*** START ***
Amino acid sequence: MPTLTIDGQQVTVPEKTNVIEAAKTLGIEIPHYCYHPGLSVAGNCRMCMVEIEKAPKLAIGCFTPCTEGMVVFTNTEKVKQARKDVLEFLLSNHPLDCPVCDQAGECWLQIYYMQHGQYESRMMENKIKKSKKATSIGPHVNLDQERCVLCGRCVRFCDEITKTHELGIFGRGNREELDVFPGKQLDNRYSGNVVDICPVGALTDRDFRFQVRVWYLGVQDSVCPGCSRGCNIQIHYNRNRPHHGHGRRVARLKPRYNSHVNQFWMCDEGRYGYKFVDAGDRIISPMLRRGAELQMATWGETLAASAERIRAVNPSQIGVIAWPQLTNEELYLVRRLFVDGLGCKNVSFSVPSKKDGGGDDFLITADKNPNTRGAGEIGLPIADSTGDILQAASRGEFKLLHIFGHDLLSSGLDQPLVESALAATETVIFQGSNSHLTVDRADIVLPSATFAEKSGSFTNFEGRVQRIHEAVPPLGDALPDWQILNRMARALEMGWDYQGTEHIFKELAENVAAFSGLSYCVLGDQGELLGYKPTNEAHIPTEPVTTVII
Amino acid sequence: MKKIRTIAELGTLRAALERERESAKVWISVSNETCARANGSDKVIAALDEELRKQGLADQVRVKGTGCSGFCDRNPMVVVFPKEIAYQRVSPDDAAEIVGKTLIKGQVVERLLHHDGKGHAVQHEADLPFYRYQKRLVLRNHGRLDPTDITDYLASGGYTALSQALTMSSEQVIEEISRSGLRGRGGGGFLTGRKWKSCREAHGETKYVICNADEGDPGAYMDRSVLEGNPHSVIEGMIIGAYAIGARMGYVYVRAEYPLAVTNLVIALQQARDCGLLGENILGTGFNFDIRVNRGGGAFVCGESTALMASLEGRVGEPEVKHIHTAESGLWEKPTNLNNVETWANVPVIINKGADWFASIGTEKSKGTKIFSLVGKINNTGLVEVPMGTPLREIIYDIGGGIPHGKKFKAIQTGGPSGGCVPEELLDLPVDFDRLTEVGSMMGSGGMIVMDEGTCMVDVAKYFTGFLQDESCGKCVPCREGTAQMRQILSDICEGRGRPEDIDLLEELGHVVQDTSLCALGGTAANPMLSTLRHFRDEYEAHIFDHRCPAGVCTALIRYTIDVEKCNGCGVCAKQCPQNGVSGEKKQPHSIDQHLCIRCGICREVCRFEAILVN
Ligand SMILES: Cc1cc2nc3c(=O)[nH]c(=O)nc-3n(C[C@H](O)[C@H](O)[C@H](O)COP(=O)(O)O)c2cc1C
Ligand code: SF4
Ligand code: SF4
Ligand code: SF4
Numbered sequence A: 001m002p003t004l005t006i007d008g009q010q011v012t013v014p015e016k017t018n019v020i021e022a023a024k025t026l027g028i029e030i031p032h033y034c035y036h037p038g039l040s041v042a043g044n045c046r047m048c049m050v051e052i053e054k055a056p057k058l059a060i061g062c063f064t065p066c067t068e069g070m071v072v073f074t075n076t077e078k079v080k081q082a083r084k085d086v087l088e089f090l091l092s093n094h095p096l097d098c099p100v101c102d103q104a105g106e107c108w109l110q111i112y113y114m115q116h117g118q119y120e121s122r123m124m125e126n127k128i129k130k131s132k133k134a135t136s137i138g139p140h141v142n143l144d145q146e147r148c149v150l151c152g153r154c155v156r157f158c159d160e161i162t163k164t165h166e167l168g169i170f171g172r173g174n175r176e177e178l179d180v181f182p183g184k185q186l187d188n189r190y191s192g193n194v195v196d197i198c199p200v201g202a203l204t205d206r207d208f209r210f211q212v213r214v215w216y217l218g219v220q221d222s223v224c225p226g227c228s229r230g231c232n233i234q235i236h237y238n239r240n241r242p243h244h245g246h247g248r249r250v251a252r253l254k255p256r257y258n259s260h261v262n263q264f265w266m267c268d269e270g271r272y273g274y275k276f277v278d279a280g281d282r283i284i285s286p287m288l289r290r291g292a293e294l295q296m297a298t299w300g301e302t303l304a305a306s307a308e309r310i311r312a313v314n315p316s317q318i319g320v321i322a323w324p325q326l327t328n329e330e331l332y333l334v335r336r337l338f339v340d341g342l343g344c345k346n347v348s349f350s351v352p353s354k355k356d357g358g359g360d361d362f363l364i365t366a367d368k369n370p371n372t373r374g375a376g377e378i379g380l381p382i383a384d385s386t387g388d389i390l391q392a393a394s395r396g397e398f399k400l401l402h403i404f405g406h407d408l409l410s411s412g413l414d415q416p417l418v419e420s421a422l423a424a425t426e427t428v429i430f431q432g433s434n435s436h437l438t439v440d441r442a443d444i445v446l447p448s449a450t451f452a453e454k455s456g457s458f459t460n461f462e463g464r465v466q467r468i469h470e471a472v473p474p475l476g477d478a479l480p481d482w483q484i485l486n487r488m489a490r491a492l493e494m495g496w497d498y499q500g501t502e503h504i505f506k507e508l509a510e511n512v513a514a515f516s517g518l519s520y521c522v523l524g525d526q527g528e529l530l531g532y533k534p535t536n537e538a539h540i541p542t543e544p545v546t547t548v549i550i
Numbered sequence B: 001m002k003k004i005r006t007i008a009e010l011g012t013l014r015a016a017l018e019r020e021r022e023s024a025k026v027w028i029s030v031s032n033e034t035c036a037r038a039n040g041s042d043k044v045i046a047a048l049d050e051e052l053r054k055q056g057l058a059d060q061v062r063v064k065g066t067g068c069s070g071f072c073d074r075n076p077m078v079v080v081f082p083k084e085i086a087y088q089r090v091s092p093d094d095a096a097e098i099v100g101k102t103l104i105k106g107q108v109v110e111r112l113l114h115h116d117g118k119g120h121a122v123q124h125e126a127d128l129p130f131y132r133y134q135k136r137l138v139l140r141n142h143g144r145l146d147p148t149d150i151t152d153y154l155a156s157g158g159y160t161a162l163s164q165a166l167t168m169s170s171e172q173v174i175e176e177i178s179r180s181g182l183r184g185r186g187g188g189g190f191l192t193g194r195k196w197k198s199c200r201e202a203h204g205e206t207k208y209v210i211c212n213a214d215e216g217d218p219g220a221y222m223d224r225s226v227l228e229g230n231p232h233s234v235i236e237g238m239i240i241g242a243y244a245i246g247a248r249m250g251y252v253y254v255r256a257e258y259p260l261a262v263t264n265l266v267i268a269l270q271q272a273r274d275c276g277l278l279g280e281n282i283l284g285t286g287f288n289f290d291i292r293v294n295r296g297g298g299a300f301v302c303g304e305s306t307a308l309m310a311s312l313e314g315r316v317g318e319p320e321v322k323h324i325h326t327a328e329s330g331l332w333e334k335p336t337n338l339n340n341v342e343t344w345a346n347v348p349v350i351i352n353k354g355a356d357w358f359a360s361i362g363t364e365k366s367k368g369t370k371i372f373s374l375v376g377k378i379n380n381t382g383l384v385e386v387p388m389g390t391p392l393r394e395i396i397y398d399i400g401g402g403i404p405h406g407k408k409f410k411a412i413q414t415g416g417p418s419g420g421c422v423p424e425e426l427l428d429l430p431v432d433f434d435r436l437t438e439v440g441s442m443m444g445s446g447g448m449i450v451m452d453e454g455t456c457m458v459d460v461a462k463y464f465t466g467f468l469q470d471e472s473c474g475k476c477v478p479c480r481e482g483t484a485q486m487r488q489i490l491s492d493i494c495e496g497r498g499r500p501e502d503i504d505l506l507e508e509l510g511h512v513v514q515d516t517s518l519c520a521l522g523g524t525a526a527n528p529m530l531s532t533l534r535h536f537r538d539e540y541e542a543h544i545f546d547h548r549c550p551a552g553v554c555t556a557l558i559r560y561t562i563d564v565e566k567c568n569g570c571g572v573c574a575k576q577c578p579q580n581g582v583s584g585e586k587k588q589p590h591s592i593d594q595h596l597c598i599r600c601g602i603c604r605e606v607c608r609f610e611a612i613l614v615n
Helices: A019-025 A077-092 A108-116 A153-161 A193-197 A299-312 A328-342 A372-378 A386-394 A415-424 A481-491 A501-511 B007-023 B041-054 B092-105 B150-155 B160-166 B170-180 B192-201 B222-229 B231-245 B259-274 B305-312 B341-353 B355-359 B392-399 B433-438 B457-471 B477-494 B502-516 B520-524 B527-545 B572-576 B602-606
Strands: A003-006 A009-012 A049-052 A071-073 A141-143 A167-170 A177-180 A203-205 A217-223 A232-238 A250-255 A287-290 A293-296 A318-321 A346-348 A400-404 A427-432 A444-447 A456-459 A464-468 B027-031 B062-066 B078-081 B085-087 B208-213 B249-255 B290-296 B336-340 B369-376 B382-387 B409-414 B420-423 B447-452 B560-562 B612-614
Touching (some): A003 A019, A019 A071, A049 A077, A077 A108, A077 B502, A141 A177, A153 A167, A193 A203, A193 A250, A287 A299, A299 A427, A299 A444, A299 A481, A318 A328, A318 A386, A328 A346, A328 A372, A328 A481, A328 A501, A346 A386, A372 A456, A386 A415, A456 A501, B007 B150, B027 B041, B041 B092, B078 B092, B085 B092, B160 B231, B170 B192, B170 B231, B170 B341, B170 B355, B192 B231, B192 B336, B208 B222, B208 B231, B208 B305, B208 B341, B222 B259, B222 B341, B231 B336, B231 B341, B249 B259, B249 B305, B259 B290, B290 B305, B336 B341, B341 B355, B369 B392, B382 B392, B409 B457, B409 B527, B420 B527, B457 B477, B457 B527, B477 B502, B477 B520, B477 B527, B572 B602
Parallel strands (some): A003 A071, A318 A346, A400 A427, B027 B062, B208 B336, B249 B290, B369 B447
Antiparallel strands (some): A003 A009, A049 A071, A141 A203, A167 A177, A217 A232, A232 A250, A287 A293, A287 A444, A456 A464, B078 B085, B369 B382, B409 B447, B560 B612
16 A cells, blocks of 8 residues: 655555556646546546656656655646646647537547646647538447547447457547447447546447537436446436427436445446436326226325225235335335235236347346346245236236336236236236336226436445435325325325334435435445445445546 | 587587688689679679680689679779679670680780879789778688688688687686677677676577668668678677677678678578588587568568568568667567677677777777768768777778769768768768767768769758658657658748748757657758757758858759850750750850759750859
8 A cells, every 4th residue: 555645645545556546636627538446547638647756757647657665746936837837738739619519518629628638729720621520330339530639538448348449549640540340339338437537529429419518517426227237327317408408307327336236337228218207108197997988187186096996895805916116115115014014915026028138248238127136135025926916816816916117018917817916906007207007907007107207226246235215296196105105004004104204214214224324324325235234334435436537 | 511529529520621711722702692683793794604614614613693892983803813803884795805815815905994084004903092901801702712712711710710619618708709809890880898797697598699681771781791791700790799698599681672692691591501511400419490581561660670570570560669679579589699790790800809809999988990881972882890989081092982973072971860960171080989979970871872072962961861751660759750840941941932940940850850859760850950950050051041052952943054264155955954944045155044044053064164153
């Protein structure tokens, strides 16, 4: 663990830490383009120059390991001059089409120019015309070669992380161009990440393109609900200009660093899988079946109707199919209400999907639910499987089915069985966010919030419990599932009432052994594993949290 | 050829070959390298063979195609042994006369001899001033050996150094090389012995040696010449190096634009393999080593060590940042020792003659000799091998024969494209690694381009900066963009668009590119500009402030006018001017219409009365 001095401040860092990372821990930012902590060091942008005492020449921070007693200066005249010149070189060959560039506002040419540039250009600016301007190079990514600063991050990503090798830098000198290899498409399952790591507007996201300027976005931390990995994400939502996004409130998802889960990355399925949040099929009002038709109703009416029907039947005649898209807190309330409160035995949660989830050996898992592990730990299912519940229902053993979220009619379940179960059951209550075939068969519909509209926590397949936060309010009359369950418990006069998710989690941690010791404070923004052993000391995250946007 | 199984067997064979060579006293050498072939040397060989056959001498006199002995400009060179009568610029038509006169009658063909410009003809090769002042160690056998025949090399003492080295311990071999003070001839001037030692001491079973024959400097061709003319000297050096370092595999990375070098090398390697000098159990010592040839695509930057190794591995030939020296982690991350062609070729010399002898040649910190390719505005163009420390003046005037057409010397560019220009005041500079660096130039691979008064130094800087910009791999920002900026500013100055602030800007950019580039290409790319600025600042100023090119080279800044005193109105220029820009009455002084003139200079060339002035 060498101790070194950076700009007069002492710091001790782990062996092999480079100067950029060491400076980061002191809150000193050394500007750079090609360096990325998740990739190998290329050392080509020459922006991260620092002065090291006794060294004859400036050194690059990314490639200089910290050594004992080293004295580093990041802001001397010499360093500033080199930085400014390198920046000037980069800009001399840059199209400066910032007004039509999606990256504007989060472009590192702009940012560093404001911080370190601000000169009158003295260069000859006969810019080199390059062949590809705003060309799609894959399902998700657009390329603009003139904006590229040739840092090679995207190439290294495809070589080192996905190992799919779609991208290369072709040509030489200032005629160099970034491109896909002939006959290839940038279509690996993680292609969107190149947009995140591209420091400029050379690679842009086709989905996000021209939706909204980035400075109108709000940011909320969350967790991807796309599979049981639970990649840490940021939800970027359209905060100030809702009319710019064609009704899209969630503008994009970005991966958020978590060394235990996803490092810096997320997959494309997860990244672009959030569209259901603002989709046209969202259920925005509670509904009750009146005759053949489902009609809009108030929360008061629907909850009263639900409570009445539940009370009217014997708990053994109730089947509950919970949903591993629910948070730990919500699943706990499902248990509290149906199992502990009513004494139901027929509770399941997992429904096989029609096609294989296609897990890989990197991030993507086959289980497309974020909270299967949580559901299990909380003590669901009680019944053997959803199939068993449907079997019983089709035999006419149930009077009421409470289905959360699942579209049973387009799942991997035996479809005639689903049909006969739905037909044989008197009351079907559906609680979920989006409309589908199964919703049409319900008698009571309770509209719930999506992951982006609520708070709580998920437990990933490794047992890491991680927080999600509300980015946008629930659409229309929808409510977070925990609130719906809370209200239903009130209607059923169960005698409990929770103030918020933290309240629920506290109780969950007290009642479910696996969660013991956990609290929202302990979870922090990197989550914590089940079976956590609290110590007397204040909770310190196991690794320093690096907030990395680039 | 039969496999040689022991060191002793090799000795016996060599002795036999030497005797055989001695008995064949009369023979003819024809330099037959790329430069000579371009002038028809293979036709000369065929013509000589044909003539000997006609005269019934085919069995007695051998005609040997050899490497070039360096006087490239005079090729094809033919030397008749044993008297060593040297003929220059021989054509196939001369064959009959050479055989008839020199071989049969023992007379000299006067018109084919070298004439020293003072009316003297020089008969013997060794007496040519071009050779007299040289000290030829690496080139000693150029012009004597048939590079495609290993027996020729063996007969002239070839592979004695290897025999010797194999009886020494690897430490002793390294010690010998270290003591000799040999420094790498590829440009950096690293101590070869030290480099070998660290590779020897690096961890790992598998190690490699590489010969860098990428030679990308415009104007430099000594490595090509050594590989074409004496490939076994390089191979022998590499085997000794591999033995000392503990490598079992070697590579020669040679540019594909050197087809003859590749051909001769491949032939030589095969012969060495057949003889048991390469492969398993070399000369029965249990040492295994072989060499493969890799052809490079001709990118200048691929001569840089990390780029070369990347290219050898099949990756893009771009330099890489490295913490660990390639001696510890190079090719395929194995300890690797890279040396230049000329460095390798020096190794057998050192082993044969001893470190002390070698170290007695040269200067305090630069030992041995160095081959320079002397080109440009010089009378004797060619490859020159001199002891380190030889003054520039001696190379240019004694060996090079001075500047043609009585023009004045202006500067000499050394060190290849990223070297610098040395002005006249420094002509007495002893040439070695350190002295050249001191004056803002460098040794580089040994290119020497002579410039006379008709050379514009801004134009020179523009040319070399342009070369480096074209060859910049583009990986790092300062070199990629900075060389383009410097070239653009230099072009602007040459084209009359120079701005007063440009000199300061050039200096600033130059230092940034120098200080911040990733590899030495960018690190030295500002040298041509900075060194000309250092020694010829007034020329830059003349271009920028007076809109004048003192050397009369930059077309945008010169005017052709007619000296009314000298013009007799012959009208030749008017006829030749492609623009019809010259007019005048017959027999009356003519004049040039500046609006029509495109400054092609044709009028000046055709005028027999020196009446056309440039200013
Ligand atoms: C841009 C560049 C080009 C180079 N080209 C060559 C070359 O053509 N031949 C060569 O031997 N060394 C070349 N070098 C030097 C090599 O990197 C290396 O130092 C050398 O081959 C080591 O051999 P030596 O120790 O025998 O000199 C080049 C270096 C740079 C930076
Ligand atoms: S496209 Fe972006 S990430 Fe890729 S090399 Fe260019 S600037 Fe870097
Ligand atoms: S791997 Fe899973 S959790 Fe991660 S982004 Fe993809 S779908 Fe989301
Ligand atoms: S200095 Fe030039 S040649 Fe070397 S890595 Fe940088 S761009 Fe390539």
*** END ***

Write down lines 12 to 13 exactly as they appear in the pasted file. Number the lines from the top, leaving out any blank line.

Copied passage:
Parallel strands (some): A003 A071, A318 A346, A400 A427, B027 B062, B208 B336, B249 B290, B369 B447
Antiparallel strands (some): A003 A009, A049 A071, A141 A203, A167 A177, A217 A232, A232 A250, A287 A293, A287 A444, A456 A464, B078 B085, B369 B382, B409 B447, B560 B612